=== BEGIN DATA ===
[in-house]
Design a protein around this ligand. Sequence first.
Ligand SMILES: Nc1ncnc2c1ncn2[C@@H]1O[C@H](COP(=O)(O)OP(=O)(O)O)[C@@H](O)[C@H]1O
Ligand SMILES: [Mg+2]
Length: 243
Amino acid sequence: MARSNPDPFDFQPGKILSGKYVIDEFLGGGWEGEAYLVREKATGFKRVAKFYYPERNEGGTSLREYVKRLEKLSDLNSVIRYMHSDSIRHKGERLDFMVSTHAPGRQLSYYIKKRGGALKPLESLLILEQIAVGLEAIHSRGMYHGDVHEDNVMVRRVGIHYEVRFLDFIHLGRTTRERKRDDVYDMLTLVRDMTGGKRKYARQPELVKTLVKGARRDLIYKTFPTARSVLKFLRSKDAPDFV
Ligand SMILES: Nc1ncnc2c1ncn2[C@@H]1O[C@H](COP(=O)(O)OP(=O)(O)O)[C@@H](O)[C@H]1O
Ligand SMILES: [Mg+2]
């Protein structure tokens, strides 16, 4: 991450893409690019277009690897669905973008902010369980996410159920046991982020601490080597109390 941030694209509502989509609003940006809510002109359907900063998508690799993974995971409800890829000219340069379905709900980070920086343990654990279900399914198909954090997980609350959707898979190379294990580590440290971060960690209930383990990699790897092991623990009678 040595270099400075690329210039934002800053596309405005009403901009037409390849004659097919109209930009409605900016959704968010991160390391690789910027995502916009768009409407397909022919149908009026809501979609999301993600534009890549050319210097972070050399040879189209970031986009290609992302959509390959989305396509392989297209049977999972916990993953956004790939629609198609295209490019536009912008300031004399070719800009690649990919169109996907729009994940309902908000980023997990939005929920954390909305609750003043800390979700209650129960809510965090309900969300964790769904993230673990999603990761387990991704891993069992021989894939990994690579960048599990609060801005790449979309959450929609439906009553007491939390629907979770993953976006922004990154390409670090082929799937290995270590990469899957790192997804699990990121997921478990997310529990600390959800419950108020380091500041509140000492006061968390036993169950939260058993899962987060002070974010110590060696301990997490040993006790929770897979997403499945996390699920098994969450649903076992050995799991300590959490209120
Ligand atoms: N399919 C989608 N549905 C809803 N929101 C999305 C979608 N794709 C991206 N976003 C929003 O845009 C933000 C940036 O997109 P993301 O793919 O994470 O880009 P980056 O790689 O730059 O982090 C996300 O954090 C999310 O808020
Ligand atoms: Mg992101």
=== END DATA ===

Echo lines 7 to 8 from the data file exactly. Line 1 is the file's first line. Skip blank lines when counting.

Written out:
Ligand SMILES: Nc1ncnc2c1ncn2[C@@H]1O[C@H](COP(=O)(O)OP(=O)(O)O)[C@@H](O)[C@H]1O
Ligand SMILES: [Mg+2]